Month: January 2020
The Reality TeacherIn the summer of 2019, I took off on a cross-country road trip to discover my father’s mysterious hippie past. Though I grew up with a dad who worked as an accounting professor, all throughout my childhood I heard stories of my dad building log cabins in Washington Woodlands, running a granola coop and my half-sister born on the kitchen table. Join me as I travel across time and space to uncover the truth of it all and learn from “the reality teacher.” Producer: Elena Press
To the Beat of the DrumWhen you feel at home thousands of miles away from your birthplace, what choice do you have but to return? I take a return trip to the Festival of the Rosary—an African syncretic festival in the southeast of Brazil. In returning, I learned African diasporic peoples might be connected by more than just African ancestry. Marked by cultural loss from the middle passage, this festival births a culture of its own. Its songs and rituals speak to the suffering of slavery and embrace a remembrance of forgotten homelands. As a black person from the United States, being in the presence of this grieving made room for something else to take root. Producer: Mylan Gray Featuring: Ana Luzia Da Silva, Padre Jailson, Rainha Cleusa, Dayonna Tucker, Ramona Greene, Cameron Woods
SeekersIn her late thirties, Lanie, Sophie’s mom, became a born again Christian. Christianity gave her life meaning and happiness. When Lanie found God, “All the heaviness was just lifted.” Sophie, an atheist, struggles to find purpose in her own life. In this story, Sophie sets out to determine if what saved her mother could save her, too. Producer: Sophie McNulty
Klezmer for My GrandmotherIn the summer of 2019, I fly to Israel with a single goal in mind. I want to play a song. But not just any song. I want to play a Klezmer song. This podcast follows my journey meeting Jewish musicians and dealing with family tragedy to compose a personal song. “Music doesn’t lie.” You’ll agree when you hear how beautiful, haunting, and inspiring Klezmer music can be. Producer: Daniel Helena Alexander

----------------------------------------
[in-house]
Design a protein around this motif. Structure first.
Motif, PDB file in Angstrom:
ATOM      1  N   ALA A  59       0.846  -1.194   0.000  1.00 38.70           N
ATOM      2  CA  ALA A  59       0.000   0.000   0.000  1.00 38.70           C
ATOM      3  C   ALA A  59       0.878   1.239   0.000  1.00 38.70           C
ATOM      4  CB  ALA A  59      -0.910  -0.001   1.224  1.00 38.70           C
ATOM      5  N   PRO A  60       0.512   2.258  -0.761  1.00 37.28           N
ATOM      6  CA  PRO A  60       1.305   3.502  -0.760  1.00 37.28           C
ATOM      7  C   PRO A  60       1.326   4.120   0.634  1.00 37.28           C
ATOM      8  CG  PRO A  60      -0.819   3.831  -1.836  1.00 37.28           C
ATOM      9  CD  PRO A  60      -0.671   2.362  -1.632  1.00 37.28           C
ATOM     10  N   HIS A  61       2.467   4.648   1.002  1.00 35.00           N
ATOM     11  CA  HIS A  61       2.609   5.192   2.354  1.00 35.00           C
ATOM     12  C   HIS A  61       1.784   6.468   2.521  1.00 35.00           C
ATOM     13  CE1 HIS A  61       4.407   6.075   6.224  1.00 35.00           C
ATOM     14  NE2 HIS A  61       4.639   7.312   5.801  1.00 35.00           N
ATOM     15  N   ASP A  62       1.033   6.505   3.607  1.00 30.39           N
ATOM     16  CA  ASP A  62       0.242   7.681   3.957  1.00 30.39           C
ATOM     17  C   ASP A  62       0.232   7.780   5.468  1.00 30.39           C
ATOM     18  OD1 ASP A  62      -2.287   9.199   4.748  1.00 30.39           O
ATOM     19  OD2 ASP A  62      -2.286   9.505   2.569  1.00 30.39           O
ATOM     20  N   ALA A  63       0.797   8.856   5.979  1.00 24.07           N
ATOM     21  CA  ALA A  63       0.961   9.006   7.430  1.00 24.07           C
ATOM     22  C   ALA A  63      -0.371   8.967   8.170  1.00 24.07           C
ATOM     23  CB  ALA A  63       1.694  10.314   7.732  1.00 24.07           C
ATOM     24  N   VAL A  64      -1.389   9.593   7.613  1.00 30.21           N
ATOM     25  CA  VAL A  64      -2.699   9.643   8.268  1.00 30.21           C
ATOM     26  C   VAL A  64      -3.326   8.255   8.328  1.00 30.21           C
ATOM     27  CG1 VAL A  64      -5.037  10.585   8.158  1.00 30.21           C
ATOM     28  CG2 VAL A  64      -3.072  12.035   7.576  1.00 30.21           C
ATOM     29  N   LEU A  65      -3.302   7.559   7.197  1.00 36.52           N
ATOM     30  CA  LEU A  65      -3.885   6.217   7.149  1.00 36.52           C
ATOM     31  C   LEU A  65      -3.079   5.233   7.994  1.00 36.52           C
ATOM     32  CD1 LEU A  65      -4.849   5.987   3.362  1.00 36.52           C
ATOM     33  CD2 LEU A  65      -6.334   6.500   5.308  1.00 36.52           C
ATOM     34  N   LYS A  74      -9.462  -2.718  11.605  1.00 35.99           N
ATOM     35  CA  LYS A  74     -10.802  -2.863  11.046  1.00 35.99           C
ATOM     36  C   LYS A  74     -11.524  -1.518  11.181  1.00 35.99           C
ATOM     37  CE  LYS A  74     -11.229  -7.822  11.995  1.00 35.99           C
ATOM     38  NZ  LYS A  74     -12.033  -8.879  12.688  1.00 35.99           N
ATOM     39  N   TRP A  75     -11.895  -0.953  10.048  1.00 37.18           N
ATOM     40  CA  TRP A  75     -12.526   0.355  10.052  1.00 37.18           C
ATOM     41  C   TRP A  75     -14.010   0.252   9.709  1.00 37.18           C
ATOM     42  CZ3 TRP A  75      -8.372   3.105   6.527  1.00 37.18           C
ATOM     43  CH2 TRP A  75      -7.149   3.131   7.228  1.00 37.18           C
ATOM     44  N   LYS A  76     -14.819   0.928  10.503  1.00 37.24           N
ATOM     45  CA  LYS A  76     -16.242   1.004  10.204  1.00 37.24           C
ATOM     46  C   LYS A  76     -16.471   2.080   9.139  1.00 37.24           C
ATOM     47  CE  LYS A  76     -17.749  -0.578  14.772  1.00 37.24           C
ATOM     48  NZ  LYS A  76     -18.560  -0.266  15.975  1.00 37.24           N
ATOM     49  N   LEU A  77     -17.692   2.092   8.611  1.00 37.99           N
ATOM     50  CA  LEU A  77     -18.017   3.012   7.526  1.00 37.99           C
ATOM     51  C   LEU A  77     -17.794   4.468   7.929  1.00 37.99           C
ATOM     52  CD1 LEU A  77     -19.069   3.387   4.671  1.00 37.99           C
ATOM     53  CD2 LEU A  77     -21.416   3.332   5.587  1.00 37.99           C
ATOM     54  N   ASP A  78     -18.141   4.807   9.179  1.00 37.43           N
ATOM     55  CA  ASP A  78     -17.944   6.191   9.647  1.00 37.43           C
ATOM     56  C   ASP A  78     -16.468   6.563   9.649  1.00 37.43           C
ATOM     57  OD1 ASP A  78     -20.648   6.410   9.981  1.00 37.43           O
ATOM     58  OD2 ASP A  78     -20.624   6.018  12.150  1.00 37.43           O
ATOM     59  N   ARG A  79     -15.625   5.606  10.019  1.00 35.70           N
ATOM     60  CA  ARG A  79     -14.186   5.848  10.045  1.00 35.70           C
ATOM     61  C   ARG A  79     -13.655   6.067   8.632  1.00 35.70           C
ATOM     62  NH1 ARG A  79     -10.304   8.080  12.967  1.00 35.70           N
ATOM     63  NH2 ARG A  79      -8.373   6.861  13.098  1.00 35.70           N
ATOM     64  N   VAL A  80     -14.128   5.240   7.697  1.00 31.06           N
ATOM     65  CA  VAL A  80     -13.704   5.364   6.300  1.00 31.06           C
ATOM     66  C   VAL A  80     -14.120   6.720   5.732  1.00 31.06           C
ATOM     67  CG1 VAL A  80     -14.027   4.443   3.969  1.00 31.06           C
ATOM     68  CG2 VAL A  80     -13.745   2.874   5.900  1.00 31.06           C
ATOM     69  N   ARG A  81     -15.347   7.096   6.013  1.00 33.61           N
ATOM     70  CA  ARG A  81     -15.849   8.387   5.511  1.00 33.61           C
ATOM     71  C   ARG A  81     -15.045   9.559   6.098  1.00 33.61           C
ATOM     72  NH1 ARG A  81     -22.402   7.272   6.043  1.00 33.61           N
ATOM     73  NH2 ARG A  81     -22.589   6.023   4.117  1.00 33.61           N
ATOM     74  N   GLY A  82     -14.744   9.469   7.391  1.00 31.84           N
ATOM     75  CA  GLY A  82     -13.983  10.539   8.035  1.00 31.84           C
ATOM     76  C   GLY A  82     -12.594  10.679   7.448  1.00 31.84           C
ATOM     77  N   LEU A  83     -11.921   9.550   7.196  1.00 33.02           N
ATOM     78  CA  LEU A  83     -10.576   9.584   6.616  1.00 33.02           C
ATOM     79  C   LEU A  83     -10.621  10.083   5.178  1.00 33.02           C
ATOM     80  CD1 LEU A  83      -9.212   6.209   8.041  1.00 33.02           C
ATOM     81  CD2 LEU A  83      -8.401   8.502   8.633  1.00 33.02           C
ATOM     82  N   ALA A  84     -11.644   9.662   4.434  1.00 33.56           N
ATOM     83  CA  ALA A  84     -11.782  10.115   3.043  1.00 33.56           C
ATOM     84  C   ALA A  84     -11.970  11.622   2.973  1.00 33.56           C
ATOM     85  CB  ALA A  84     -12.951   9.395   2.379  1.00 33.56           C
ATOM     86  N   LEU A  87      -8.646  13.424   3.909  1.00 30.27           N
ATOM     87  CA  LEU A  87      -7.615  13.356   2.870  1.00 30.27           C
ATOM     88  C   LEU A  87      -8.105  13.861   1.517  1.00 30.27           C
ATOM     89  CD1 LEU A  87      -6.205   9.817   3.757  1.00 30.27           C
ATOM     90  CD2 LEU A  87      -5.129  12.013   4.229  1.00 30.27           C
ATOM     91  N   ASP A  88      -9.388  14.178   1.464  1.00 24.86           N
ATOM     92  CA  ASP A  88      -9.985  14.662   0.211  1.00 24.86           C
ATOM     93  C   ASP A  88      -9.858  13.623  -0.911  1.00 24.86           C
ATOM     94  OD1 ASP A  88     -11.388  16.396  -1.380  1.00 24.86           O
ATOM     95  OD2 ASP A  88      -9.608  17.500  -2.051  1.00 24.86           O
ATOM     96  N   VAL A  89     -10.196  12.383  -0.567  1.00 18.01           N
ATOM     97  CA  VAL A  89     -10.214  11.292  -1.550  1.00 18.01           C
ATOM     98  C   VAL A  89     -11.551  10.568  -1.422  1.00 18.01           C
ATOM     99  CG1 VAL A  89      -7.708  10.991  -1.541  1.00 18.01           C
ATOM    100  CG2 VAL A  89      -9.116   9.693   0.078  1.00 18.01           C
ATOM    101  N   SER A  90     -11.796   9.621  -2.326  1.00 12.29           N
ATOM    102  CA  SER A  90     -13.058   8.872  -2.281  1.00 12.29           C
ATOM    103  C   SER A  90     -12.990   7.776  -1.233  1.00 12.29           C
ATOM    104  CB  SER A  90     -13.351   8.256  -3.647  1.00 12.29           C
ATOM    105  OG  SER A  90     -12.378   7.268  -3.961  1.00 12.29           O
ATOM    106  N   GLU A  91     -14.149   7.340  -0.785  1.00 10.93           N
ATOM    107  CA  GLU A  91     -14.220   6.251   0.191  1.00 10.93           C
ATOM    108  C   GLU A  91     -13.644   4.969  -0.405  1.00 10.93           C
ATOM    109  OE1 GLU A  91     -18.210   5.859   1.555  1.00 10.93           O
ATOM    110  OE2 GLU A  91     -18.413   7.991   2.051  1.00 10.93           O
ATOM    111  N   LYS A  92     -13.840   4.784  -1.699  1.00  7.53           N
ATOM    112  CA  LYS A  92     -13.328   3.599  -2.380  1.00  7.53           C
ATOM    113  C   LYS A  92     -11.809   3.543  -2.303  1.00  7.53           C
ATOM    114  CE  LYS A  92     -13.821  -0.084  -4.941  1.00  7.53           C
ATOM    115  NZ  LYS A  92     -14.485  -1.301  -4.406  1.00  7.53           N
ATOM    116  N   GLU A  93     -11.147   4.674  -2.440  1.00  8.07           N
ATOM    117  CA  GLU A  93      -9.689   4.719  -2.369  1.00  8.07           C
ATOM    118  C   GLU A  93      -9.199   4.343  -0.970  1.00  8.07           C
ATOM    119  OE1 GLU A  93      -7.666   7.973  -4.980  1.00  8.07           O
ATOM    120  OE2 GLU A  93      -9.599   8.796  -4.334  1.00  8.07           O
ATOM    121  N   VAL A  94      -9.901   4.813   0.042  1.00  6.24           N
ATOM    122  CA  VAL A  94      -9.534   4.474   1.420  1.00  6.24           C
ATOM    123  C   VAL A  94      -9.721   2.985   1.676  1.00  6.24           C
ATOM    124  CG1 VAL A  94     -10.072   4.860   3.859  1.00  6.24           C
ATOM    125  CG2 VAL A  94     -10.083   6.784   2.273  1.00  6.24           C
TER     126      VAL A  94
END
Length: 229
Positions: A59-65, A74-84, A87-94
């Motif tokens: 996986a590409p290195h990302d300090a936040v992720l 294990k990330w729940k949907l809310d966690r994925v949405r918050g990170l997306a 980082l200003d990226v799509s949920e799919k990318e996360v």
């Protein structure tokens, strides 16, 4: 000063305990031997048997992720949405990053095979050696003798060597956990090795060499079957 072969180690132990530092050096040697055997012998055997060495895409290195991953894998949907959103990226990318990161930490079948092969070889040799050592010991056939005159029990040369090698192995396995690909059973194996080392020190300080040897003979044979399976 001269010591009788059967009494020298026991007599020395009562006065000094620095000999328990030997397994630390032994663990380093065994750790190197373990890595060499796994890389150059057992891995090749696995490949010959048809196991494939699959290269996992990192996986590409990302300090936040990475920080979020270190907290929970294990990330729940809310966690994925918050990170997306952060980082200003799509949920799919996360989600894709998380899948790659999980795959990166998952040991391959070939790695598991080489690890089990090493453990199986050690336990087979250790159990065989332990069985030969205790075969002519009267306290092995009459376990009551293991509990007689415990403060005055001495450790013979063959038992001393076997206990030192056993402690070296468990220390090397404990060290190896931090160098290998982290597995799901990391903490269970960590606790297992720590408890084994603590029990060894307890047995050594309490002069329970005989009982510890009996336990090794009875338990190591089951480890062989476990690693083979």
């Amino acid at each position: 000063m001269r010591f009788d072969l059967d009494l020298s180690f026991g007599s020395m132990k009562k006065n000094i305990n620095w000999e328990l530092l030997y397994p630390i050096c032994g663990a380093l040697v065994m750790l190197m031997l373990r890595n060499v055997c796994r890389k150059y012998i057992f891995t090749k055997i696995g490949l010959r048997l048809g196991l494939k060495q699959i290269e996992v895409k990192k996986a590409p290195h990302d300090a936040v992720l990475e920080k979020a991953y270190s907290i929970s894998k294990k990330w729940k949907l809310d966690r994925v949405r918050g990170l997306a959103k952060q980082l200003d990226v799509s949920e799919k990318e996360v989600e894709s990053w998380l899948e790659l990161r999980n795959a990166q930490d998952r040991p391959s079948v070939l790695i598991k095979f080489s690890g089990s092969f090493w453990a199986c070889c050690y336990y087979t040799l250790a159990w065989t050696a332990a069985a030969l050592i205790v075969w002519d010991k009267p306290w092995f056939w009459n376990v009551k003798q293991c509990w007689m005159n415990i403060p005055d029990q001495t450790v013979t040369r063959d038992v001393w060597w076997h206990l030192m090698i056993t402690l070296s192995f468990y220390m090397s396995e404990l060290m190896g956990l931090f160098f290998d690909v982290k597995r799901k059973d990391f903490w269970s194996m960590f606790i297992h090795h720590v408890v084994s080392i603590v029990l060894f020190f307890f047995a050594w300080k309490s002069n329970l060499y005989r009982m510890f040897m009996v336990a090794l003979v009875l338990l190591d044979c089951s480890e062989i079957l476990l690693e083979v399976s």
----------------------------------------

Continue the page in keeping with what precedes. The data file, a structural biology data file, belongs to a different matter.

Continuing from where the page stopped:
Coming of Age (Online): Imaging Queer FuturesWhat does it mean to (be queer) and come of age on the internet? In the past ten years, the queer games movement has exploded. Around the world, more and more people feel like they can make free and simple and strange games — ones that speak to queer stories and experiences. But it wasn’t always this easy. Some queer games used the earliest, clunkiest internet to find each other in crisis, to find friends, community, and a lifeline support in a time when no one was paying attention. Follow the journeys of queer gamers as they reflect on their earliest experiences online — experiences of freedom and discomfort, of community and isolation. They’ve since become architects of the internet, contributing to online communities as media scholars and game developers, but for these queer gamers, it all started way back. Producer: Julie Fukunaga Featuring: Pedro Gallardo (he/him), Teddy Pozo (they/them), Kat Brewster (they/she)